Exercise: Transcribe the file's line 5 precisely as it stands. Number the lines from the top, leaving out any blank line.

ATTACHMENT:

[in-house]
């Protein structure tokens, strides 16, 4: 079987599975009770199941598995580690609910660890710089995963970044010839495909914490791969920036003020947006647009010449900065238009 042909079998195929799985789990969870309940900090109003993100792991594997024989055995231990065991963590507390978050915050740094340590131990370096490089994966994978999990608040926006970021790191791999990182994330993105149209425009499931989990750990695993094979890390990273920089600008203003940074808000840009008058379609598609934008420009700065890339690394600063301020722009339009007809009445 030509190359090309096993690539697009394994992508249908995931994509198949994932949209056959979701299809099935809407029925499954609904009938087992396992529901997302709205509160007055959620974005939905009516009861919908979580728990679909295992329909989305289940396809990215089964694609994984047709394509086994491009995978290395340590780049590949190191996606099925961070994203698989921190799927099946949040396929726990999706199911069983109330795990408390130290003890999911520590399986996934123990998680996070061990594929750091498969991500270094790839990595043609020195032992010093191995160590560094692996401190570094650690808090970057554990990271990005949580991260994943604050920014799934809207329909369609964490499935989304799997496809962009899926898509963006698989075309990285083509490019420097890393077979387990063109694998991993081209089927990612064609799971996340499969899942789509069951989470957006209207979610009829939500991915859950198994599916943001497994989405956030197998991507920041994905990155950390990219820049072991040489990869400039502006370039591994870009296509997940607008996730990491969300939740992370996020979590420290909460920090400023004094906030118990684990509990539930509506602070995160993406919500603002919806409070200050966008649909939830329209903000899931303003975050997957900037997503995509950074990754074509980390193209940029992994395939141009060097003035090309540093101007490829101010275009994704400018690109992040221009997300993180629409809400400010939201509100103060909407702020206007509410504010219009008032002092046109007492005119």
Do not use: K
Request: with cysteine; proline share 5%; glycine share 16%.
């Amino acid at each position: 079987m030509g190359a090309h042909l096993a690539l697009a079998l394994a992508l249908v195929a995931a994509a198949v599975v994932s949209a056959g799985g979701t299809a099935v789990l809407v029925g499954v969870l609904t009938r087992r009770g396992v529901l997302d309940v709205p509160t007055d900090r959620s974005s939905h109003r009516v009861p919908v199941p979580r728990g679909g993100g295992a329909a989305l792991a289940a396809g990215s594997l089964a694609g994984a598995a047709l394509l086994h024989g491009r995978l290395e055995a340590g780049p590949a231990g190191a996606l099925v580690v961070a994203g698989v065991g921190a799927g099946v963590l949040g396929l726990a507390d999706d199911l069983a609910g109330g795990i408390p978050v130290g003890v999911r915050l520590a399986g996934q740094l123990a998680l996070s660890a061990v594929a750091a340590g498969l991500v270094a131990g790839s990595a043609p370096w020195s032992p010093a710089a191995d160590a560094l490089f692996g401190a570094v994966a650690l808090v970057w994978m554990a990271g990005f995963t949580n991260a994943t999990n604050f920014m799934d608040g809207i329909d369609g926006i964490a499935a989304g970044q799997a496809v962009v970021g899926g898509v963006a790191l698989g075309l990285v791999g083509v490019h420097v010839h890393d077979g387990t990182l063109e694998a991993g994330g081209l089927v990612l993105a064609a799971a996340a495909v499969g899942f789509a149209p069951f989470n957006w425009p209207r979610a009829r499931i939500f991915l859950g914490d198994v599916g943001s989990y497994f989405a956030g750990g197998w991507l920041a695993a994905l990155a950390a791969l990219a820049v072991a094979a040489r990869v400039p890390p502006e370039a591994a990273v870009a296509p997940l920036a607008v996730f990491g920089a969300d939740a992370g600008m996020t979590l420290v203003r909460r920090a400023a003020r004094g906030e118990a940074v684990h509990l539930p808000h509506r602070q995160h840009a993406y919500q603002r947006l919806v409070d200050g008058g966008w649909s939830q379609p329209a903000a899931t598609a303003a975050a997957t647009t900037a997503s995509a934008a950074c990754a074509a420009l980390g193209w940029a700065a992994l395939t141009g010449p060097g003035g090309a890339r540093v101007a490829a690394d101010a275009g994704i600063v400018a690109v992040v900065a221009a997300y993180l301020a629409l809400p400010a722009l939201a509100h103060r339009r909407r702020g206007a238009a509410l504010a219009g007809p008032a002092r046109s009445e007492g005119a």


């Amino acid at each position: 079987m030509g190359a090309h042909l096993a690539l697009a079998l394994a992508l249908v195929a995931a994509a198949v599975v994932s949209a056959g799985g979701t299809a099935v789990l809407v029925g499954v969870l609904t009938r087992r009770g396992v529901l997302d309940v709205p509160t007055d900090r959620s974005s939905h109003r009516v009861p919908v199941p979580r728990g679909g993100g295992a329909a989305l792991a289940a396809g990215s594997l089964a694609g994984a598995a047709l394509l086994h024989g491009r995978l290395e055995a340590g780049p590949a231990g190191a996606l099925v580690v961070a994203g698989v065991g921190a799927g099946v963590l949040g396929l726990a507390d999706d199911l069983a609910g109330g795990i408390p978050v130290g003890v999911r915050l520590a399986g996934q740094l123990a998680l996070s660890a061990v594929a750091a340590g498969l991500v270094a131990g790839s990595a043609p370096w020195s032992p010093a710089a191995d160590a560094l490089f692996g401190a570094v994966a650690l808090v970057w994978m554990a990271g990005f995963t949580n991260a994943t999990n604050f920014m799934d608040g809207i329909d369609g926006i964490a499935a989304g970044q799997a496809v962009v970021g899926g898509v963006a790191l698989g075309l990285v791999g083509v490019h420097v010839h890393d077979g387990t990182l063109e694998a991993g994330g081209l089927v990612l993105a064609a799971a996340a495909v499969g899942f789509a149209p069951f989470n957006w425009p209207r979610a009829r499931i939500f991915l859950g914490d198994v599916g943001s989990y497994f989405a956030g750990g197998w991507l920041a695993a994905l990155a950390a791969l990219a820049v072991a094979a040489r990869v400039p890390p502006e370039a591994a990273v870009a296509p997940l920036a607008v996730f990491g920089a969300d939740a992370g600008m996020t979590l420290v203003r909460r920090a400023a003020r004094g906030e118990a940074v684990h509990l539930p808000h509506r602070q995160h840009a993406y919500q603002r947006l919806v409070d200050g008058g966008w649909s939830q379609p329209a903000a899931t598609a303003a975050a997957t647009t900037a997503s995509a934008a950074c990754a074509a420009l980390g193209w940029a700065a992994l395939t141009g010449p060097g003035g090309a890339r540093v101007a490829a690394d101010a275009g994704i600063v400018a690109v992040v900065a221009a997300y993180l301020a629409l809400p400010a722009l939201a509100h103060r339009r909407r702020g206007a238009a509410l504010a219009g007809p008032a002092r046109s009445e007492g005119a």